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Carpenters Persevere In Camping Out For Union Training, Better Life

NEW YORK (CBSNewYork) -- Hundreds of carpenters persisted in their long wait on line Sunday, in hopes of getting a chance to join the local union and take part in a training program.

As CBS 2's Janelle Burrell reported, the line outside the New York City District Council of Carpenters union, at 395 Hudson St. in the West Village, already stretched a few city blocks Sunday night and was still growing.

The tough-as-nails carpenters were determined to put in the time and hammer out a better life, CBS 2's Dave Carlin reported.

Some arrived Saturday morning, or even earlier. By Sunday afternoon, some needed to catch up on sleep, while others -- such as Jermaine Belliard of the Bronx and his friends – passed the time relaxing in comfort.

He had "somewhat of like an air mattress but, you know, (it's) a chair. Comfortable; the only way to go."

But Beillard and the other job seekers were more than happy to deal with a little discomfort.

"Tonight's the last night -- just wait it out 'til the morning," said Bodhi O'Neil of Copiague as he sat with two pillows. "I've been more comfortable."

"I'm ready to learn," added Carmello Rodriguez of the Bronx.

They were among hundreds camped out along three blocks of Hudson Street, hoping to get one of the 750 coveted applications for a spot with the Competitive Apprenticeship Program with the union.

The process happens just once every two years.

Jahkeem Ashton of Staten Island said a slot in the program would mean "more money, more options."

Some had a lot riding on whether they got into the program.

"This is my life. This is my future," Billy from Bensonhurst, Brooklyn told WCBS 880's Jim Smith on Saturday. "If it's not this, I don't know what I'm going to do."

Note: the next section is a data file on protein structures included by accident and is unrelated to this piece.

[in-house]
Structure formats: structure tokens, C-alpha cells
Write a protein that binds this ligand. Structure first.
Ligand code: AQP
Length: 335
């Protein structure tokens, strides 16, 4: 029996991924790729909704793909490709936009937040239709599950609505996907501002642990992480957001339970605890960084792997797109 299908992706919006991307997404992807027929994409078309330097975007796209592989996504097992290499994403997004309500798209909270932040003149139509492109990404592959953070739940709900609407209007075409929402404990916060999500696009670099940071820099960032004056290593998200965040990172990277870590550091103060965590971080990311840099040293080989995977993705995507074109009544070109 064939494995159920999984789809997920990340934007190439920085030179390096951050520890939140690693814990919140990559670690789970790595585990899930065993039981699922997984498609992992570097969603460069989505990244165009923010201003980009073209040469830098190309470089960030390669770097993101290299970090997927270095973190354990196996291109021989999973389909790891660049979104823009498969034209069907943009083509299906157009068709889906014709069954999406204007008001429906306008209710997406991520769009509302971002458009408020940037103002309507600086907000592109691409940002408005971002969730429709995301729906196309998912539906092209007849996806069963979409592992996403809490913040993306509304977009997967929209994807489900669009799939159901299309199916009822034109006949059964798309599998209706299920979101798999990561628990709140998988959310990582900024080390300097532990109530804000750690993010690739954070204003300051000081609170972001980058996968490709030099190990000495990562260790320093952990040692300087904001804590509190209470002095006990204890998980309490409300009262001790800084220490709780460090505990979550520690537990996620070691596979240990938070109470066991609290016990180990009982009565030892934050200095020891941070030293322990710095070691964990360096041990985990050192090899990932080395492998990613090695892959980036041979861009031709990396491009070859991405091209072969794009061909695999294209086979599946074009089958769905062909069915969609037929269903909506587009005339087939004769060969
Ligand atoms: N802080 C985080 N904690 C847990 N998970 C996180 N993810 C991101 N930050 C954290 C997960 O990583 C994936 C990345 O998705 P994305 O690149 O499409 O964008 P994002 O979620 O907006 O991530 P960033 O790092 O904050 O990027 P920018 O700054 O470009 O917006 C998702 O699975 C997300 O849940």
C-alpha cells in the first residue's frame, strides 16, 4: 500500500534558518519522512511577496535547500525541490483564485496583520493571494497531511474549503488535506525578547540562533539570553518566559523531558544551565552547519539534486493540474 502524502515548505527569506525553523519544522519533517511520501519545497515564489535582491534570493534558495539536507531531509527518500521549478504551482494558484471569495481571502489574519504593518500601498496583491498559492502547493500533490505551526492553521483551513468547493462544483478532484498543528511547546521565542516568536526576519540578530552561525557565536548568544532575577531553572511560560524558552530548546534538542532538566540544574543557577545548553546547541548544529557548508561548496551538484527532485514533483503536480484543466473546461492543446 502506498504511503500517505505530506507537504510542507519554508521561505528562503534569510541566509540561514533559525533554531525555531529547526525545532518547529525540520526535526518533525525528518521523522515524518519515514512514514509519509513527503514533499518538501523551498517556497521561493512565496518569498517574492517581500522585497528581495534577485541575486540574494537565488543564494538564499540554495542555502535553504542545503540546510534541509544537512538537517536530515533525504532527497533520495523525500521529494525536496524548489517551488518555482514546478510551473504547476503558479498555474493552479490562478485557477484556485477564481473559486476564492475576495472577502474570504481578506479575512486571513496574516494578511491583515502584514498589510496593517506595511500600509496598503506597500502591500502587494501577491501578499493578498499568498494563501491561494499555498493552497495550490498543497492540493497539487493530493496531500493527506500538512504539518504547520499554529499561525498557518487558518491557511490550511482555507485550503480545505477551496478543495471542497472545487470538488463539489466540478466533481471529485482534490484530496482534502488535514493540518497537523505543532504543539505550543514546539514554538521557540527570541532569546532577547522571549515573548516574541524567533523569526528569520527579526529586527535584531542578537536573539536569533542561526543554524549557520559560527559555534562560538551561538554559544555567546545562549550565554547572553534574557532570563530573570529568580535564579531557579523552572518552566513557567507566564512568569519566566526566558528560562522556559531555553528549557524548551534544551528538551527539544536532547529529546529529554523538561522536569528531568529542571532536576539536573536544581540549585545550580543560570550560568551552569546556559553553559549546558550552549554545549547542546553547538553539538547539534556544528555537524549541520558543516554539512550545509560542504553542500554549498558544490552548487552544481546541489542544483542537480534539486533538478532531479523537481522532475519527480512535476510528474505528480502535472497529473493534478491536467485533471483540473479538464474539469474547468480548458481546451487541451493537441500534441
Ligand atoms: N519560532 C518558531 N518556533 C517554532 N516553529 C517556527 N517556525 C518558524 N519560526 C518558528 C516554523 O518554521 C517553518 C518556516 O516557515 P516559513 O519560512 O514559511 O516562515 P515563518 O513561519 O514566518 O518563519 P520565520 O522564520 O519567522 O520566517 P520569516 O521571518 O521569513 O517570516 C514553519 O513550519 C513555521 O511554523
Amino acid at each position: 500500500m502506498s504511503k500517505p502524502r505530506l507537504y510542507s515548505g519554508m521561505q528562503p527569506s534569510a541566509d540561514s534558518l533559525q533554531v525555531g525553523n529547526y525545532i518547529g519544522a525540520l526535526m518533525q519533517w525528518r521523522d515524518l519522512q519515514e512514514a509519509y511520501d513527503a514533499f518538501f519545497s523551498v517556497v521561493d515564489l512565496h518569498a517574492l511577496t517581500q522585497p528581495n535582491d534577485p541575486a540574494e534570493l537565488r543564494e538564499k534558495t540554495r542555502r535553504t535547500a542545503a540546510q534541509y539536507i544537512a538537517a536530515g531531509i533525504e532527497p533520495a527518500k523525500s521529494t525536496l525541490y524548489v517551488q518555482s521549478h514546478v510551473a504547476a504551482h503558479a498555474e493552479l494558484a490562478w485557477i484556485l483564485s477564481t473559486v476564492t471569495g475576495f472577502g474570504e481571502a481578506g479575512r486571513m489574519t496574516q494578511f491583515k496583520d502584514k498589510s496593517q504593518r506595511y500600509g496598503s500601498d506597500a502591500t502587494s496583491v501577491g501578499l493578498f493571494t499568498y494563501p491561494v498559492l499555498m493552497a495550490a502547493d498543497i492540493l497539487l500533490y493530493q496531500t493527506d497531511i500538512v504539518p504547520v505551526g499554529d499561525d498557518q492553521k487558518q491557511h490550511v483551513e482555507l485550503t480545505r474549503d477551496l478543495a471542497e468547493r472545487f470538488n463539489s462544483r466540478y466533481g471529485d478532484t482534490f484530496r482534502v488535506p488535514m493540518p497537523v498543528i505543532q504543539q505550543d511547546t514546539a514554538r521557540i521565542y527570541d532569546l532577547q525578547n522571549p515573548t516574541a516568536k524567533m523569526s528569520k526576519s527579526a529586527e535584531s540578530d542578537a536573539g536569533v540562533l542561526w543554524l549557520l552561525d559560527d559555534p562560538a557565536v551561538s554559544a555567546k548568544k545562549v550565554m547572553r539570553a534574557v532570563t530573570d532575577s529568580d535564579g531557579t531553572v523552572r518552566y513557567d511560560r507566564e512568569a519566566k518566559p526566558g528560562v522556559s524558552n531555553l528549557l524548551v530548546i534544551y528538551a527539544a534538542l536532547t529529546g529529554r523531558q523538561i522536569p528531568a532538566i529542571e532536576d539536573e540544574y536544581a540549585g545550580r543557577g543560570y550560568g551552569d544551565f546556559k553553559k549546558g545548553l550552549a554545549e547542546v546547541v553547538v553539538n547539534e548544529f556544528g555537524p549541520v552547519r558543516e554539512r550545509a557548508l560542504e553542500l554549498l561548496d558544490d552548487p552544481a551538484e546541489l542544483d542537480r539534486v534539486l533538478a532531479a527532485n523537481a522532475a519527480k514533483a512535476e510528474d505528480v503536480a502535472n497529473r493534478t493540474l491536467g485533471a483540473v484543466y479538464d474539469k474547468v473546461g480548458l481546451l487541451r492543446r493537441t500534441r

And all of the applicants have decided it is worth a long wait. The applications will not be handed out until 9 a.m. Monday.

James Kavanagh and his brother-in-law, Nicholas Foreman, arrived outside the building at 2 p.m. last Monday. They were the first two in line, and like all the others who have been in line for days, they have been rough it.

"Getting caught in the rain for whole days was pretty bad, then freezing at night from the rain -- but really, the bathrooms," said Kavanagh, of the Orange County town of Monroe.

"It's been rough with hygiene, brushing your teeth in the street, and I miss my family," added Gina Giuliano of Easton, Penn. "But you know, these guys have been really good to me -- gentlemen to the tee."

The downside to the whole process is that whether an applicant is first in line or last -- even he or she does get an application -- is no guarantee of an interview. But they said it is worth the chance.

The pot of gold at the end of that rainbow is getting that interview," said Foreman, of Brownsville, Brooklyn.

And even with rain in the forecast, the applicants said they are prepared and sticking it out.

"I don't care if it snows. I'm here," Ashton said. "I love it. Let it rain. "

"Got to get that union job," added Kavanagh. "It's worth it."

Of the applications that will be given out Monday morning, 500 will be for carpenters. The remaining 250 will be for dock builders and floor installers.

Those who get the jobs will earn $20 an hour, just for starters. And lots of union construction contracts are on the horizon, all making for sweet dreams even in the uncomfortable waiting period.

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